“It’s not a matter of if” I told Spencer, “but rather when I will be tipping over our kayak just for the fun of it!” With a nervous laugh he replied, “Very funny Kel,” knowing me well enough to be moderately concerned.
Halfway over the Golden Gate Bridge, the morning fog parted, giving way to clear blue sky and rolling green hills of Marin County. We continued north on Hwy 1 toward Point Reyes for kayaking fun on Tomales Bay – located about 40 miles from San Francisco. I was thrilled to get out of the chilly city, always up for any sort of outdoor adventure and eager to explore a new part of beautiful Northern California.
Spencer got shotgun as usual, thanks to his claim to chronic motion sickness. Today was a big day for my friend as he isn’t the outdoor adventure type of guy. My lovely Spence has velvet hands he uses for painting sweeping Jackson Pollock-like brushstrokes and for twirling his dates on the swing-dancing floor. He does not deem himself a metro-sexual but will surely tell you whenever he is having a good hair day. I was proud of him for being open to trying something new. Spencer was determined to shed his “delicate flower” image and become a rugged outdoors man. As his best female friend, I took it upon myself to assist in his metamorphosis.
My buddy Brett and I giggled in the backseat, we always bring out the silly in each other. Brett is my #1 dawg! Andrew eyed us suspiciously through his rear view mirror wondering what other evil acts we were plotting. I had just met Andrew and my first impression was – very nice, funny guy – definite friend potential. He told me he would need until EOD to decide if he would grace me with a Facebook friend request. Married with two little girls, but determined to never be seen as the “old boring married guy”. He and his wife have seemingly mastered balancing time with family and friends, I found their relationship inspiring.
Tomales Bay is a 6800-acre estuary, twelve miles long, occupying the seaward end of a valley created by the San Andreas fault. The northern end of the bay opens to Bodega Bay and the Pacific Ocean, while the southern end is fed by Papermill creek and marked by wetlands. Black Mountain rises at the southern end of the bay above the community of Point Reyes Station. Sir Francis Drake was the first explorer to land in this area in 1579.
We walked toward the water where a rainbow of kayaks lay warming in the sun. I picked a turquoise kayak and was happy Spencer agreed to sit in the back as I was feeling rather lazy and didn’t want to have to steer the boat.
Then came the moment of truth … can a 6’4” Jewish man fit into a tiny kayak? I was not sure, but knew it would be amusing to watch him try. Spencer straddled the kayak eyeing the small opening suspiciously before attempting to fit a square peg into a round hole. One long leg at a time stepped into the kayak. He sat down struggling to stretch out into the boat. John came around to adjust the rudders, needing to extend the rudders as far as possible to accommodate Spencer’s long limbs. Spencer pushed hard on the rudder and we all heard him sheepishly say “UH OH – I think I broke something”. John confirmed he had indeed broke the rudder saying that had never happened before…but then again the 18’ kayaks are not made for such a tall guy.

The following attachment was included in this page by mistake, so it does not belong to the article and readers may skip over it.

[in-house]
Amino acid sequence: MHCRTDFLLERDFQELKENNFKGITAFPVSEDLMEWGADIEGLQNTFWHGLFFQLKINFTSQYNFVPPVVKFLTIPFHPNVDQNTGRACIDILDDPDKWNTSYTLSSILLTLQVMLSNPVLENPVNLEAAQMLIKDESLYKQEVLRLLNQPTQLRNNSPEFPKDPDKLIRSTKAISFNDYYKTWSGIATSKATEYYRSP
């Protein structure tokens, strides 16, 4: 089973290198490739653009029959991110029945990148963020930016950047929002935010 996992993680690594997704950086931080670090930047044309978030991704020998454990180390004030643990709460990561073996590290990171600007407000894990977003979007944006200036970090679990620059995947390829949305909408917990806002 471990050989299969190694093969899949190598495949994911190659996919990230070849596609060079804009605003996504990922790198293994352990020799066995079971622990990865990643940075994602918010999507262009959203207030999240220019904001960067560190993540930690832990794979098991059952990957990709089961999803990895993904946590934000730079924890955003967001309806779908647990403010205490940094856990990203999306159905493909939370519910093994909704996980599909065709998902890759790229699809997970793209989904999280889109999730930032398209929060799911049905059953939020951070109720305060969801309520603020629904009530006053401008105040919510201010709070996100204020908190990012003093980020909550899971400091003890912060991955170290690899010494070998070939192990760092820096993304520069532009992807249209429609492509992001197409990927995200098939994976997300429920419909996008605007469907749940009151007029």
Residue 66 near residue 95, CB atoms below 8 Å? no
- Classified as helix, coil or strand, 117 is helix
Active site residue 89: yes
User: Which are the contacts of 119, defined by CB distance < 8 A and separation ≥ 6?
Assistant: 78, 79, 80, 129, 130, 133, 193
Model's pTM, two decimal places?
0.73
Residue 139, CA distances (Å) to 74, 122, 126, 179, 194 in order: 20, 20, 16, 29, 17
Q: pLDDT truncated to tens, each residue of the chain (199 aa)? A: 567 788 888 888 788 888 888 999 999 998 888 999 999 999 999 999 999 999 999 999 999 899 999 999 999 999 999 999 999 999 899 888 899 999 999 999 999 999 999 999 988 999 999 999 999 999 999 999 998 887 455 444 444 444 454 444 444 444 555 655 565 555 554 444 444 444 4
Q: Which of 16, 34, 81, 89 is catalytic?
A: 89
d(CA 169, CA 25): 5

We began paddling but headed in the wrong direction. Paddling in unison is certainly like a dance. First steps can be awkward, out of sync … with no understanding between partners. Slowly you warm up to your dance partner, you get more comfortable and acclimated to their timing. It becomes a goal to make sure you match step for step, or in our case, oar for oar.
Paddling was proving to be a challenge in my kayak. Spencer was performing more of a canoe paddle, digging deep into the water and slinging massive amounts of water in my face. Not wanting him to become discouraged, I assured him I found it refreshing. Andrew found the scene amusing and described our kayak as a wet and wild ride. Eventually Spence got the hang of things and before too long our strokes were in sync as we were swiftly gliding across the water.
As we edged closer to the others I was surprised to hear singing, bad singing at that. Andrew sang a rendition from the Jefferson’s and the normally shy Brett challenged him as he belted at the top of his lungs “Come sail away…”. It became a variety show at sea – a singing duo. They howled ridiculous lyrics, serenading everyone that had no choice but to listen. If anyone had expected a quiet day on the bay, they were surely going to be disappointed. One woman asked if we had been drinking and Brett told her “No, we are just high on life, it’s gorgeous out!”
We decided to stop at Chicken Ranch beach for a rest. The water became shallow as we approached the sand the thick eel grass got tangled in our oars. Page told us to keep a look out for bat rays and leopard sharks. At the first mention, Spencer’s turned to me, his face angst in fear. No one had told him such scary creatures would be encountered on our adventure. Two large bat rays swam up to our kayak. I wanted to stop and watch but Spencer told me to keep paddling exclaiming “this is the scariest thing I have ever done in my whole life!”. Trying hard to keep a straight face I asked him what we were going to do if one of the rays jumped into our kayak – not believing for this was actually possible. Seconds later a large ray jumped frighteningly close to my head causing me to scream out loud – payback for picking on him, Spencer concluded.
By the end of the three-hour tour my arms were very tired and my stomach growled with hunger. The region is known for oysters and we were eager to get shucking! Page suggested that we drive 15 minutes further north to The Marshall Store for lunch. We passed several other Oyster shops on the beautiful drive north all situated right on the water overflowing with patrons.